Shaun Davidson graduated from Millersville University with a B.S. in occupational safety and environmental health (OSEH) in 2005. After graduation, he became the safety supervisor for a cast-iron foundry in central Pennsylvania and was in that position for three years, managing the safety program for two locations. In 2007, he joined MSC Industrial Supply as a safety specialist at the Jonestown, Penn., warehouse, working with the local leadership team on incident and injury reduction and claims management. MSC is a leading North American distributor of metalworking and maintenance, repair, and operations (MRO) products and services.
In November 2018, Shaun was promoted to the new position of Manager of Global Safety, where he currently works with a team of five safety professionals and is responsible for overall corporate safety and health strategy in all segments of MSC’s business. MSC was also the runner up for the Best Overall Safety Program and Culture Award at the EHS Daily Advisor 2022 Safety Standout Awards.
For our latest Faces of EHS profile, we sat down with Shaun to discuss how he got his start in the field, the future of ergonomic technologies, and developing a passion for people in safety.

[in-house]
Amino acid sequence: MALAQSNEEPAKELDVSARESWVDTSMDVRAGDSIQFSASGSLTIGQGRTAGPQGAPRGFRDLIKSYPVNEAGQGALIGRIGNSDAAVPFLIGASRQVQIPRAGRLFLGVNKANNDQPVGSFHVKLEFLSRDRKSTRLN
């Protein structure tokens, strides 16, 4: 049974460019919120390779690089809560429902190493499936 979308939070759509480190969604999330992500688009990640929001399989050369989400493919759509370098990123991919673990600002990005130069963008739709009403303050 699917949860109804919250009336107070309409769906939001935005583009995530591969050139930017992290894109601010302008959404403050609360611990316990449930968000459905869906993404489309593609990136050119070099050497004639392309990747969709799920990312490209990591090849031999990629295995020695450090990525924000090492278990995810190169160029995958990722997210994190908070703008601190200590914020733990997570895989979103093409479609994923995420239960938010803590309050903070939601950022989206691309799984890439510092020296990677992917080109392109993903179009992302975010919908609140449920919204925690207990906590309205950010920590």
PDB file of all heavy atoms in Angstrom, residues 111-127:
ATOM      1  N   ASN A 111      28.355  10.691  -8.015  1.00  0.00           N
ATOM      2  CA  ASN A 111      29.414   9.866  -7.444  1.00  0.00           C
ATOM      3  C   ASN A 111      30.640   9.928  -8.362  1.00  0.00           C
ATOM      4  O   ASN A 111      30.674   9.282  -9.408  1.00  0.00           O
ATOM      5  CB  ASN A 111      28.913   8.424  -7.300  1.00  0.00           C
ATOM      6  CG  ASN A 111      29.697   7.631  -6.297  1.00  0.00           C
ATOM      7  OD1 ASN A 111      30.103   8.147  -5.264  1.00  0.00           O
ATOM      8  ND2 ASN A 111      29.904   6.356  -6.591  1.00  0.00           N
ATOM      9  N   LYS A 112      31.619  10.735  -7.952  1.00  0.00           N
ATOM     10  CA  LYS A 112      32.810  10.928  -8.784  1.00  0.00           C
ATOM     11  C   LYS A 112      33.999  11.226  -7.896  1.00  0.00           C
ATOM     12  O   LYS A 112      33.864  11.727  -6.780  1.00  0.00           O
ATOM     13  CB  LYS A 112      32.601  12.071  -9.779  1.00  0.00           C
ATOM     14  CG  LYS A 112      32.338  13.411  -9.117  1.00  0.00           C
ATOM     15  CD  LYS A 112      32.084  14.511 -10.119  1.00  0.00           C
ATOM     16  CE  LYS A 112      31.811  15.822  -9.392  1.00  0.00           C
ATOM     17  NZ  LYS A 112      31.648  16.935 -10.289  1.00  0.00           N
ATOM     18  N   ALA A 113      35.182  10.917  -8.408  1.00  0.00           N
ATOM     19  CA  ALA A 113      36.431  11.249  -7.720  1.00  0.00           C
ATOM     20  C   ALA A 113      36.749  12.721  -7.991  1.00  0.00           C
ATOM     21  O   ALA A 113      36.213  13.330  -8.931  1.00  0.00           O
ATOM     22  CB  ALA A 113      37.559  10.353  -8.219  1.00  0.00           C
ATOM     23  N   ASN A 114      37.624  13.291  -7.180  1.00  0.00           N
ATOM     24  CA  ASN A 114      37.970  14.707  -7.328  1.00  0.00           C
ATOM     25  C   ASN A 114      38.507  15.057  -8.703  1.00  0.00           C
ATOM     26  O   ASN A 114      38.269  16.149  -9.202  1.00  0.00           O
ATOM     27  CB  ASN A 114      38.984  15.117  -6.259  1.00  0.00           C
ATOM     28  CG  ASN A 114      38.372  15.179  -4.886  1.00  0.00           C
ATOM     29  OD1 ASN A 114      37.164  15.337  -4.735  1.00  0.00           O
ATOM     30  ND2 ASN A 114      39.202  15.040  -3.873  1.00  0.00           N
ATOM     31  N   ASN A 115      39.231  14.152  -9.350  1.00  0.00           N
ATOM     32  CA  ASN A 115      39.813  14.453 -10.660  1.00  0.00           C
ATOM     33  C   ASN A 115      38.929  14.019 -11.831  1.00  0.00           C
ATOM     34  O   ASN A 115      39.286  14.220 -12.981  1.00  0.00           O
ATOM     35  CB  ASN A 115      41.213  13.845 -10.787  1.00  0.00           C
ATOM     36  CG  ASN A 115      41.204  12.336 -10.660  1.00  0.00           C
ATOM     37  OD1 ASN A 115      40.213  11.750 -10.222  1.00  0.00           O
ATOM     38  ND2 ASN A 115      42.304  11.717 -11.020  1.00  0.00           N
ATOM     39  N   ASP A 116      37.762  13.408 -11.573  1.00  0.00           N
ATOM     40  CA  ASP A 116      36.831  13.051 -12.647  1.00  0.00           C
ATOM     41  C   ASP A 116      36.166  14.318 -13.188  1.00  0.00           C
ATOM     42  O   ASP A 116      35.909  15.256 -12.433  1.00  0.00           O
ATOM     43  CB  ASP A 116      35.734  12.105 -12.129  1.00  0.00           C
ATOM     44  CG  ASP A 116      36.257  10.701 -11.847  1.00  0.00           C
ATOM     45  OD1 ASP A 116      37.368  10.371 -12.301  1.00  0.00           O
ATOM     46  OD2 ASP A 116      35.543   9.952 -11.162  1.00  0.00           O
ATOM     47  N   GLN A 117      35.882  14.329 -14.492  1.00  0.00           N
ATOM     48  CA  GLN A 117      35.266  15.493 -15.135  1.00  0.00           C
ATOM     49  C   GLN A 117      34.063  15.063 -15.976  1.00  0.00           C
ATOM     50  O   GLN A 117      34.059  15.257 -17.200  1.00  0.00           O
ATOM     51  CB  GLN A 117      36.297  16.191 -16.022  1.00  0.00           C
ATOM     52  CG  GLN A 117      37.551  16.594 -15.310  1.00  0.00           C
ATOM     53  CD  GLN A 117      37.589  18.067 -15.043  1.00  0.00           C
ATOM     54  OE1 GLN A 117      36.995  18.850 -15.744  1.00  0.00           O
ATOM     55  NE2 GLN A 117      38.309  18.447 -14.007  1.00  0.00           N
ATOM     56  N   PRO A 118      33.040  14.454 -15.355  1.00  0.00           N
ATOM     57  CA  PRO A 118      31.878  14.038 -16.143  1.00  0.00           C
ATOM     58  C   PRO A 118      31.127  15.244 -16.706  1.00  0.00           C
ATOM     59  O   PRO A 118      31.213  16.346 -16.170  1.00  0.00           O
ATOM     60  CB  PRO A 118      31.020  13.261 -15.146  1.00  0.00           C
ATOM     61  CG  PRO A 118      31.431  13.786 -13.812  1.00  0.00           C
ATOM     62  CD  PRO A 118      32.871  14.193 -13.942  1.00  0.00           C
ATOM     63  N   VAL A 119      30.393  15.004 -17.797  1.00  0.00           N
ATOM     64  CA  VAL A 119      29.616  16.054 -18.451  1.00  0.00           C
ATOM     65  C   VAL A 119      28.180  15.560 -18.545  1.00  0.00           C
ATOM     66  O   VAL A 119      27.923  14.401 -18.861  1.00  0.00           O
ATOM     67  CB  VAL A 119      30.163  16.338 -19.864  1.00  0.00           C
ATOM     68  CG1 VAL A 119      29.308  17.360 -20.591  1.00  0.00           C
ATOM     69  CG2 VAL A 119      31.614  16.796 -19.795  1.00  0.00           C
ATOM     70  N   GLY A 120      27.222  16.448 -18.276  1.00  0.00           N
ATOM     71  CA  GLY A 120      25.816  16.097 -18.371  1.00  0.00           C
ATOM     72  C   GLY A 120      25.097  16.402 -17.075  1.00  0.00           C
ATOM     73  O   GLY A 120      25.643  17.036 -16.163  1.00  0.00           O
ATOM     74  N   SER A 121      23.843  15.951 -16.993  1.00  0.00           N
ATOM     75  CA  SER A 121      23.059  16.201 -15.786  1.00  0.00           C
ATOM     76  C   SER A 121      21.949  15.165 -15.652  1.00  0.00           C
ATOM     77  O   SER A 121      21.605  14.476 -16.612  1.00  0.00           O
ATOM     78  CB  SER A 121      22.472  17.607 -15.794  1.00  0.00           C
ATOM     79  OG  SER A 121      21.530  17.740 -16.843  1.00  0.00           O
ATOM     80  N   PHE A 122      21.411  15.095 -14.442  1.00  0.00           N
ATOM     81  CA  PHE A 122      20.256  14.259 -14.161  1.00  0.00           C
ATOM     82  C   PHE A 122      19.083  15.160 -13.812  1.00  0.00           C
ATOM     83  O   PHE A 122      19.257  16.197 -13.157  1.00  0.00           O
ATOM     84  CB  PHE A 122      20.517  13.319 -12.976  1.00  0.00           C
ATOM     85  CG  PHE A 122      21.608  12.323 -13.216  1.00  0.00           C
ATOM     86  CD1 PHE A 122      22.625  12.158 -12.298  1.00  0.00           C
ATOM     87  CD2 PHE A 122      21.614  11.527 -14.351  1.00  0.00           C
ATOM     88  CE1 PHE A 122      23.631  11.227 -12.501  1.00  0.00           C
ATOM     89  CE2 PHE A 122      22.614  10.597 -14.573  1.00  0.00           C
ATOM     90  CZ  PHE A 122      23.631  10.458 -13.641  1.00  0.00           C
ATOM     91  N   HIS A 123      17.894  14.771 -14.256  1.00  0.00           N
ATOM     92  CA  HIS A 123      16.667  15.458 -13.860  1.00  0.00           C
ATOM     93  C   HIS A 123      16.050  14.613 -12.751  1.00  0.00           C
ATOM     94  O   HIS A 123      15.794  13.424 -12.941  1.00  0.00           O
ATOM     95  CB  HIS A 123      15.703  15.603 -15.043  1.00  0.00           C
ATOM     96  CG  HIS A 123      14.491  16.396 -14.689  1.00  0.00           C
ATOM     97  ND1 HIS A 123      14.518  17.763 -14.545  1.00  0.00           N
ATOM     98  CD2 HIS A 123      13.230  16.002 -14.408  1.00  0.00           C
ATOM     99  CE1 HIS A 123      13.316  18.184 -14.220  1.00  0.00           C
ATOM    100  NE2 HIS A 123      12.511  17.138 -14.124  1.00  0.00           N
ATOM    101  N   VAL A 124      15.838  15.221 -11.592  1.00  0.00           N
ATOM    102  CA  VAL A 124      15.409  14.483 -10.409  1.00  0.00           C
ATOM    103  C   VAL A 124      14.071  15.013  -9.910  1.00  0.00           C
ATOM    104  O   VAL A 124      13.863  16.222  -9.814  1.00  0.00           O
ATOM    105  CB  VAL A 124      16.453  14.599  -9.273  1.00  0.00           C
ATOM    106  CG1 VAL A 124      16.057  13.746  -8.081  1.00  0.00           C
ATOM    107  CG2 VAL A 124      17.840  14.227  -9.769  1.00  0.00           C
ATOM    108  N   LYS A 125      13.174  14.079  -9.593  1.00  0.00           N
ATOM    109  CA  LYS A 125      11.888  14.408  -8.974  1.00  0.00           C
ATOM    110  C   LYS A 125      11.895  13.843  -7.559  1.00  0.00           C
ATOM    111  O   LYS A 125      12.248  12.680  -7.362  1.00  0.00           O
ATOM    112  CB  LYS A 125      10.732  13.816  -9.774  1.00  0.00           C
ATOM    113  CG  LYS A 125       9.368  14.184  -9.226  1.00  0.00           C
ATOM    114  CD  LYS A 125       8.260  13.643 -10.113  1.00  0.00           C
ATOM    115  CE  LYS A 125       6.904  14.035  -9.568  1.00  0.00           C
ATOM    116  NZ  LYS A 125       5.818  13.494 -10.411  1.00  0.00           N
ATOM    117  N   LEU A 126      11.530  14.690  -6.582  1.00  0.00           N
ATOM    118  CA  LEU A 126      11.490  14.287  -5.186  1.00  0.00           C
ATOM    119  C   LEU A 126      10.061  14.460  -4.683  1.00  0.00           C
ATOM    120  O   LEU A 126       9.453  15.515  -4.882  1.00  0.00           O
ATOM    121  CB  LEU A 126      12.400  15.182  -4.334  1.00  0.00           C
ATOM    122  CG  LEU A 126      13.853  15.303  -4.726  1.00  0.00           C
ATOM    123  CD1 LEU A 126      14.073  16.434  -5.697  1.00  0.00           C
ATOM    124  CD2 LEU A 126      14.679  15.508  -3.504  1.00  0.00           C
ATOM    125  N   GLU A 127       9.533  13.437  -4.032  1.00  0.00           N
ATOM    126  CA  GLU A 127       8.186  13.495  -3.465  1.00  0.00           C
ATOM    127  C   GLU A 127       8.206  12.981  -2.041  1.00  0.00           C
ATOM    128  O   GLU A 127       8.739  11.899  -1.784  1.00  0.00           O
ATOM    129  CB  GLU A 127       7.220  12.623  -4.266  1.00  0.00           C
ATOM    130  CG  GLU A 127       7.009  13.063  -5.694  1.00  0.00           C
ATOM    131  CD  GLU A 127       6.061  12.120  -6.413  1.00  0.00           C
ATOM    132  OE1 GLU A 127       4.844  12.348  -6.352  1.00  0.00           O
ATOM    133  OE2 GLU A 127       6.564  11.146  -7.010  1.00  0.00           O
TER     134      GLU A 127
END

Q: How did you get your start in the field?
I gained interest in the safety field with an “Intro to Safety” class at Millersville University. I had heard of OSHA before, but never had a huge interest in it before that class. At the time, my father was a self-employed electrician, plumber, and HVAC installer and he would share instances of what he saw as “safe/unsafe” work being done while working alongside other contractors.
It was near this time that my father had an incident while working one day. He was working alone in a church steeple and fell almost 14 feet, breaking four ribs during the fall. He laid there until he was found, unable to move or call for help. This injury and his self-employed status (somebody had to do the work!) dragged his recovery on for almost six months. This class and his real-world fall really sparked my interest in occupational safety and health as a career.
Q: What’s your best mistake and what did you learn from it?
I think the best mistake I have made was confusing “passion” for what I was doing as a safety professional as a reason or excuse to be aggressive in getting what I thought was the “right or best” solution. Having passion for not only your role but why your role is integral to your organization is important, but it cannot overshadow what you are working towards.
It took me some time to mature into the safety professional I am today, but I think this lesson taught me more to have a passion for people. Not only the associates we are working for, but also the teams I get to work with. Understanding their perspectives, roles and ideas has helped us become the safer, stronger organization we are today and will only help us as we strive for future improvements.
Q: How can company leaders make safety a value within their organization?